Several of the Terry family settled on parts of the 260 acres of their father; William S. Terry built a house on the east side of Milton Road (Guess Road) across the road from the house of James T. Terry.
WS Terry ran a general store adjacent to his house (on the east side of Milton Road / Guess Road.) Two of his sons, John Wilkins Terry and Joseph Davis Terry, built houses around the intersection of South Lowell Road and Milton / Guess Road. John Terry's house was located on the west side of Milton Road, across from his father's house
Both John and Joseph helped their father William run the general store. Joseph Terry's house was located to the north - at the northeast corner of South Lowell Road and Milton / Guess Road.
The Terry land around South Lowell Road was divided among multiple heirs.
Will(iam) Terry (Jr.) lived to the south; there is a "Terry house" - as it's known colloquially - and by SHPO, that may have stood on his land, but appears to have been located to the south of his holdings noted above.
This house is oriented away from the current course of Guess Road - a perusal of old maps and aerials shows just how much the course of the roadway has been changed (mostly straightened) over the course of ~100+ years. It's clear that the path of Guess Road used to lay to the east of this house, although it now lies to the west. It was later part of the Warren and Turnage farm.
Across the former path of Milton Road / Guess Road from this house (to the east) was the Milton Hill School.
I know little about the school, but this area is all noted as part of the Milton Hill School District on early 20th century maps.
John, Joseph, and Will Terry were all sons of William S. Terry, and grandsons of James T. Terry. Another son of James T. Terry was James Francis Marion Terry, noted in the article above as one of the Civil War survivors. JFM Terry's son Isaac Terry built a frame house to the east, on the east side of the Roxboro Road.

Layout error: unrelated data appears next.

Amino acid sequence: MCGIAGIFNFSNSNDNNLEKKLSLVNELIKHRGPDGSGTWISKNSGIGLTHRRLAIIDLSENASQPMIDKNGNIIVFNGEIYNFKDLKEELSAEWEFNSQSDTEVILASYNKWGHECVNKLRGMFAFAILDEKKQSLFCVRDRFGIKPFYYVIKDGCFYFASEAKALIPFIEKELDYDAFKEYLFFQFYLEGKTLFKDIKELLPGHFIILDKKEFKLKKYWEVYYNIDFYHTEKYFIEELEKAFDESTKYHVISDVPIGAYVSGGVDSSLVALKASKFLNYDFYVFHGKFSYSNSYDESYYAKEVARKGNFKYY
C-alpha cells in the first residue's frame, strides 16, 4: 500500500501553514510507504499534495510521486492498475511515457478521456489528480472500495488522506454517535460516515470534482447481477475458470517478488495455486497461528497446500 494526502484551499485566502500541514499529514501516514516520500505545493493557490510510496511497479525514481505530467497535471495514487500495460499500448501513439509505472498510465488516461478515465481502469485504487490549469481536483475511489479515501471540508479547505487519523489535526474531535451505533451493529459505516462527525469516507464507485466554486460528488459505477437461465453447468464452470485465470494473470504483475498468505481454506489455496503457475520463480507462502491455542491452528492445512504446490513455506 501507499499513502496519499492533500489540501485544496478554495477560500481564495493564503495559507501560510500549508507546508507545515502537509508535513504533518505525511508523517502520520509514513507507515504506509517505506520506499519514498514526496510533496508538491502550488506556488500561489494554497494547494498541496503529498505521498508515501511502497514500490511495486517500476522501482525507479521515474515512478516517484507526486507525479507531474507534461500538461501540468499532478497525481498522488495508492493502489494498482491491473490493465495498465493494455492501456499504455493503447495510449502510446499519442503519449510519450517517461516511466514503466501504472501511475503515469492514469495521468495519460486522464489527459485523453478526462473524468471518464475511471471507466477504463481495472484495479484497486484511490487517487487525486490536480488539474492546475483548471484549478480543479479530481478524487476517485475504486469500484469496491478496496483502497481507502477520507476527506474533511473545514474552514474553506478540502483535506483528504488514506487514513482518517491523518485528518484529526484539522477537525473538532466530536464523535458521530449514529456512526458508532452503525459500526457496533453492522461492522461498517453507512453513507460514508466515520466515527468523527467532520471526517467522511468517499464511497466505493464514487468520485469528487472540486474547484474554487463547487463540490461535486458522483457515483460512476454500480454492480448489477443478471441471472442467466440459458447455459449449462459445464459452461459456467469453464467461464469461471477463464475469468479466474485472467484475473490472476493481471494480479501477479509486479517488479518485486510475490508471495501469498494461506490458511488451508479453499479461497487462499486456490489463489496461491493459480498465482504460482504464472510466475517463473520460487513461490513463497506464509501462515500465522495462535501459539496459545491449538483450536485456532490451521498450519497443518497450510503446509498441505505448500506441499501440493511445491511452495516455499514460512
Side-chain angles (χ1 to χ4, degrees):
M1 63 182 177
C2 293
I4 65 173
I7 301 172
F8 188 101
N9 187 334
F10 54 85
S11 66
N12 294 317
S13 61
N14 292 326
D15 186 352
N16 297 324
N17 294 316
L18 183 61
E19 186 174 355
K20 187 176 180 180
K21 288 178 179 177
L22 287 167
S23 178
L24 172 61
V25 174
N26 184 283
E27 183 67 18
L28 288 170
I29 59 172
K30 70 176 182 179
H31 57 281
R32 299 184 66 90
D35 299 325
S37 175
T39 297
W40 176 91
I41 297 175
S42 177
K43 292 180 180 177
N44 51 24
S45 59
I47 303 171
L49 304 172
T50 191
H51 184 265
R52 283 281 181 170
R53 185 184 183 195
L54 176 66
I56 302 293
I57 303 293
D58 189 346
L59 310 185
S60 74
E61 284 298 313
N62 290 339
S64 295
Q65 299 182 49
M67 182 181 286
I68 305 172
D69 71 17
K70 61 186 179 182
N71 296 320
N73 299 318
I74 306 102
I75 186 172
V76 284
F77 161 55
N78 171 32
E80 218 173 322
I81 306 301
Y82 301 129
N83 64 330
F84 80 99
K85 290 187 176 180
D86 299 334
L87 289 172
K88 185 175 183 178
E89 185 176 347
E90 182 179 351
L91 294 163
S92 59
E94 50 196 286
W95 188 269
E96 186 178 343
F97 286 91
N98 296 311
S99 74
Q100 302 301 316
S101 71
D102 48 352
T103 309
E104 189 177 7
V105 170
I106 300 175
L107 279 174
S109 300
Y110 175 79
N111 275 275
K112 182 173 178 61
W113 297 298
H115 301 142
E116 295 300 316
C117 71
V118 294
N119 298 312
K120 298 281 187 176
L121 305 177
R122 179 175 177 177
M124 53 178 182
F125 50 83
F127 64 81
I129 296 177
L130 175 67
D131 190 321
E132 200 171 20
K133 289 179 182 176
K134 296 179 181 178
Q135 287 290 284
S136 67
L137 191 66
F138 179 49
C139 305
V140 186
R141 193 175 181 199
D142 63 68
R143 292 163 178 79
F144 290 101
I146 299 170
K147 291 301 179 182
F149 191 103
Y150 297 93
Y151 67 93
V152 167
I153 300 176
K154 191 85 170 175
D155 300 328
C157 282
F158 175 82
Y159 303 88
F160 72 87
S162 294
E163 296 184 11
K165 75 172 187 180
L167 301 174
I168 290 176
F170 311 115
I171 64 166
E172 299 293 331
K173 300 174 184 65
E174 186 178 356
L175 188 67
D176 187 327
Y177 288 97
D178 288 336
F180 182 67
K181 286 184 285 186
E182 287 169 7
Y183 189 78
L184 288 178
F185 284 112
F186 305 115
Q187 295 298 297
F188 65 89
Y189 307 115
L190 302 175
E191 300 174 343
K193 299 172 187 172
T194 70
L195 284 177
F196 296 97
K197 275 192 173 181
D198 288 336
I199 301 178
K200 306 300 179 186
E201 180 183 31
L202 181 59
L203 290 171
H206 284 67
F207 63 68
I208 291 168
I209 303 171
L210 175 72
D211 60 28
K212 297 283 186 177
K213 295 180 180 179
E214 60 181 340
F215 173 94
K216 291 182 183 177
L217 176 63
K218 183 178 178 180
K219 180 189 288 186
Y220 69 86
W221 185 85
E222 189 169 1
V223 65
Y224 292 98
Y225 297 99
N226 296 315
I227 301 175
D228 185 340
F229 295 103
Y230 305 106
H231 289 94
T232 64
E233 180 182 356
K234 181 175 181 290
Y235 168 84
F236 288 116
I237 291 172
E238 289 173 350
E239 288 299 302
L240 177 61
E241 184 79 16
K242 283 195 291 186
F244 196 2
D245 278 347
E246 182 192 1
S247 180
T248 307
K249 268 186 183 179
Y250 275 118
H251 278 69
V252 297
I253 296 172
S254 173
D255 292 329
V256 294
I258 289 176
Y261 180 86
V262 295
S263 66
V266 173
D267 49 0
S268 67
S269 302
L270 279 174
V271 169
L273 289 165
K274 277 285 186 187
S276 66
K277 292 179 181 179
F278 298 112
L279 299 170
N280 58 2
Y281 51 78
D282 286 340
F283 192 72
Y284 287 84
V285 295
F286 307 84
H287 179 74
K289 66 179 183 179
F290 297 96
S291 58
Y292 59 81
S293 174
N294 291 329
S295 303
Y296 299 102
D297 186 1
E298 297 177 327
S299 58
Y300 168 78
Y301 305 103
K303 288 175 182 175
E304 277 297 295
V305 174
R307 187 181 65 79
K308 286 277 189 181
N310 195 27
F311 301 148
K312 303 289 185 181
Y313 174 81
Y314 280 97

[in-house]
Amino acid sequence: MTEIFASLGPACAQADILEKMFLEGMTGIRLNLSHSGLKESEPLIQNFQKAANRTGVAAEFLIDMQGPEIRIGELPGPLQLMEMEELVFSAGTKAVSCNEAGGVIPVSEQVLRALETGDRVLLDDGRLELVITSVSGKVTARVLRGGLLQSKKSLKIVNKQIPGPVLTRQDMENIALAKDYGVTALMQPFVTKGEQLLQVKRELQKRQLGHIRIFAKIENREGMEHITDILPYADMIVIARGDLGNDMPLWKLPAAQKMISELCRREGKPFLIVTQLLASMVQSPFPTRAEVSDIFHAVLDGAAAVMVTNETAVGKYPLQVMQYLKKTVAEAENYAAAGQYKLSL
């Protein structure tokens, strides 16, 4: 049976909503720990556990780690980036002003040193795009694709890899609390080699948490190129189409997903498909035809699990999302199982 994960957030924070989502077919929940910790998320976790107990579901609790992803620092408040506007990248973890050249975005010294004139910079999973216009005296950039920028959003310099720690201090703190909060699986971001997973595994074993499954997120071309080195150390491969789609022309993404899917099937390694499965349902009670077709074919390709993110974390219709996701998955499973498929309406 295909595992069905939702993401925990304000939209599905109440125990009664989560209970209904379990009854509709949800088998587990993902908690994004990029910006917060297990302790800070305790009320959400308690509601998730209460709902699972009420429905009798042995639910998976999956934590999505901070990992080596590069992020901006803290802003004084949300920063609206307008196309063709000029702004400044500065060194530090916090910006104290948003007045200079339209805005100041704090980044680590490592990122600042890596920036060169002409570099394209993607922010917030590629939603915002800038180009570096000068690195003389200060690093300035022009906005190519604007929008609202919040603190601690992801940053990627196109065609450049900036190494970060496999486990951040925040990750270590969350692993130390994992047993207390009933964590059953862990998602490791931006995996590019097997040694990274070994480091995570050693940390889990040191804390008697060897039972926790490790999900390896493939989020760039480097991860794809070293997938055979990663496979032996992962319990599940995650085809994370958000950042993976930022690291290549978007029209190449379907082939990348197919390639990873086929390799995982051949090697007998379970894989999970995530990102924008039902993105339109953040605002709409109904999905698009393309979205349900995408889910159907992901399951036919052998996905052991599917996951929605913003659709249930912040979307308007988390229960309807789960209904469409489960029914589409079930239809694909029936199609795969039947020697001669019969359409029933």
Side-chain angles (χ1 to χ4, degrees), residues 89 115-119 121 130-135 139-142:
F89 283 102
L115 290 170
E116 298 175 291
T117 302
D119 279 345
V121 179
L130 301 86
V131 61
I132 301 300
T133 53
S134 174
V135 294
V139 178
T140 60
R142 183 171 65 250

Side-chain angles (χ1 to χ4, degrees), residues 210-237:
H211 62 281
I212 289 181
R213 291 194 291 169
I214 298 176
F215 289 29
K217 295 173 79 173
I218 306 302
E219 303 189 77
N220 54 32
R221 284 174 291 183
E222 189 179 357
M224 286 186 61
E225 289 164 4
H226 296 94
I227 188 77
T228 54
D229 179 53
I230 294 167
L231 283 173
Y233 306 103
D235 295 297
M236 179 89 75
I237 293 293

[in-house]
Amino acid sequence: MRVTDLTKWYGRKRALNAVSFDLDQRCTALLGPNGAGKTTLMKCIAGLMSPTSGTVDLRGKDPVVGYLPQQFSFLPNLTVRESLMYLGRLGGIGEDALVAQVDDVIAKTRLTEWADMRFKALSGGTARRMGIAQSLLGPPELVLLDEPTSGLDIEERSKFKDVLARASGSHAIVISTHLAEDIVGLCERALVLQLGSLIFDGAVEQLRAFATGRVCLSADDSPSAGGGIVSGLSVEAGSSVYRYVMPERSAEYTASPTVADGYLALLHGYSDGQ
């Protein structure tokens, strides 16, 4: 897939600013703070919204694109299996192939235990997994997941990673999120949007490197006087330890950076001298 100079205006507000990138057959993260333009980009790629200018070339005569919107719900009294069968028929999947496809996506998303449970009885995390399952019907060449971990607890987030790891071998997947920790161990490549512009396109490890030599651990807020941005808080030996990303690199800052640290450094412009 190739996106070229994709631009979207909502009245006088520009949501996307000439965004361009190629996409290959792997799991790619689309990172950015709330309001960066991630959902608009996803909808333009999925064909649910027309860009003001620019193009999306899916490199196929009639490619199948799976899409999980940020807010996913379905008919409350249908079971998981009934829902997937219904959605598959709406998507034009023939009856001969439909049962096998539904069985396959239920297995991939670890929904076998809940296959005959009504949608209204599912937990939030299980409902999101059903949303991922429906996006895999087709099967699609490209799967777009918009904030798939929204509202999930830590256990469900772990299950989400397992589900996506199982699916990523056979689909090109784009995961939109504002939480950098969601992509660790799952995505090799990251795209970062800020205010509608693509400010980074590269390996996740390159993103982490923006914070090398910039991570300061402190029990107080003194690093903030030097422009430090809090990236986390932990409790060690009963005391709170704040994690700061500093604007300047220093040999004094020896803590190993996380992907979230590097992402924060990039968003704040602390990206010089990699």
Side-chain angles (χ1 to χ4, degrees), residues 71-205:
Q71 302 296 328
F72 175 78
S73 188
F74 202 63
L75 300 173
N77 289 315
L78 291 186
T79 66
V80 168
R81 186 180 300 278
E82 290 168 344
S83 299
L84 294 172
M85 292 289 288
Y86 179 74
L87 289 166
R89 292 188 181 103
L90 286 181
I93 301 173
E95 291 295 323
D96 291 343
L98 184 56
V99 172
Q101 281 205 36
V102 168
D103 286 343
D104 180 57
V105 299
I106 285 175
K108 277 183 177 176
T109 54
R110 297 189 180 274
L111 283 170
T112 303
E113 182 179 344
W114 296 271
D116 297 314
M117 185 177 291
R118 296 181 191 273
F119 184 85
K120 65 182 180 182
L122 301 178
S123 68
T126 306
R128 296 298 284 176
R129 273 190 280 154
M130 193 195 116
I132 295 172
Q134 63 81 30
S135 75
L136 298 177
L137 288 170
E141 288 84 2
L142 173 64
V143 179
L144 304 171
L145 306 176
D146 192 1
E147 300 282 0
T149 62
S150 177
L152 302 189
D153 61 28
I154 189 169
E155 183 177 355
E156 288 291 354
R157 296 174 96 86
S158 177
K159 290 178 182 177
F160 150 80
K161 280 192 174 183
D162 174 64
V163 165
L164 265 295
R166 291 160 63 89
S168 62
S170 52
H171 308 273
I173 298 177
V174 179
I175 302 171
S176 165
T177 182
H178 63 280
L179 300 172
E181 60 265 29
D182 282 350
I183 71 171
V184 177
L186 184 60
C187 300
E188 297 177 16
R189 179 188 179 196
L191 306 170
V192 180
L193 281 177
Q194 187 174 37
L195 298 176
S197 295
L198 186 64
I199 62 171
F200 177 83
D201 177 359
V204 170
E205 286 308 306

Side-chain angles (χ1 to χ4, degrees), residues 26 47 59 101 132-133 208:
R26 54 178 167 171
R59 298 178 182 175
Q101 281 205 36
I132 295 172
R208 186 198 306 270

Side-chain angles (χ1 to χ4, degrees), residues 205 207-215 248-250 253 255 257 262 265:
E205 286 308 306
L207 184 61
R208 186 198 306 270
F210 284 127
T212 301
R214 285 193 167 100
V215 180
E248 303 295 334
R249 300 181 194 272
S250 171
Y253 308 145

In 1922, Isaac "by popular demand" built a dance hall across Roxboro Road from his farm, called the Clover Hill. People would come from miles around to dance at the club.
Sons of Joseph Davis Terry - Edsel Terry, John Roland Terry, and Joseph Wyatt Terry - would play together at the Clover Hill as the "Terry Boys" Their older brother William Samuel Terry didn't play, but would work the door and serve as 'bouncer.'
Isaac Terry's son, Isaac "Ike" Terry (Jr.), worked as a caller at the Clover Hill as well. The Club was popular through the 1940s, particularly with soldiers from Camp Butner.
After World War II, a new club was built on land that had belonged to John Wilkins Terry and passed to his son, Sam Terry. Sam farmed the land and ran a dairy - per the Triangle Sertoma Club website, it was built by "all who wanted to chip in."
Francis Marion "Doc" Terry, John Roland Terry, Edsel Terry, Jack Woodall, and Sam Terry.
John, Joseph, and Edsel Terry playing at a local school., mid-1950s
Another Terry, (John) Pegram Terry, would also call dances at the Pick and Bow.
In 1965, Alan Jabbour, a student at Duke, recorded a number of traditional northern Durham county musicians, including Edsel Terry - you can read the 'playlist' under Edsel's entry. Jabbour would go on to become the head of the folklore collection at the Library of Congress.
The next generation of Terry musicians were John Terry's sons, (and thus Edsel's nephews) - Roland, Tim, Davis, and Harold Terry, who formed the "Doc Branch Band." The Doc Branch band would become the 'house band' at the Pick and Bow and tour - they would play regional and local festivals, such as Eno Fest. At times, Edsel would also play with his nephews. Notably, he reunited with Alan Jabbour one evening in 2004, along with the Doc Branch Band and multiple other local musicians. Jabbour wrote that Edsel was "as musical as ever - a vigorous and commanding performer on the fiddle."
In 2005, the Terry family was given the Community Traditions award by the North Carolina Folklore Society at the instigation of Peter Kramer of the Green River Band.
On December 29, 2011, Edsel Terry passed away. Along with much of his extended family (58 Terrys) he was buried in the graveyard of the Mount Lebanon Primitive Baptist Church.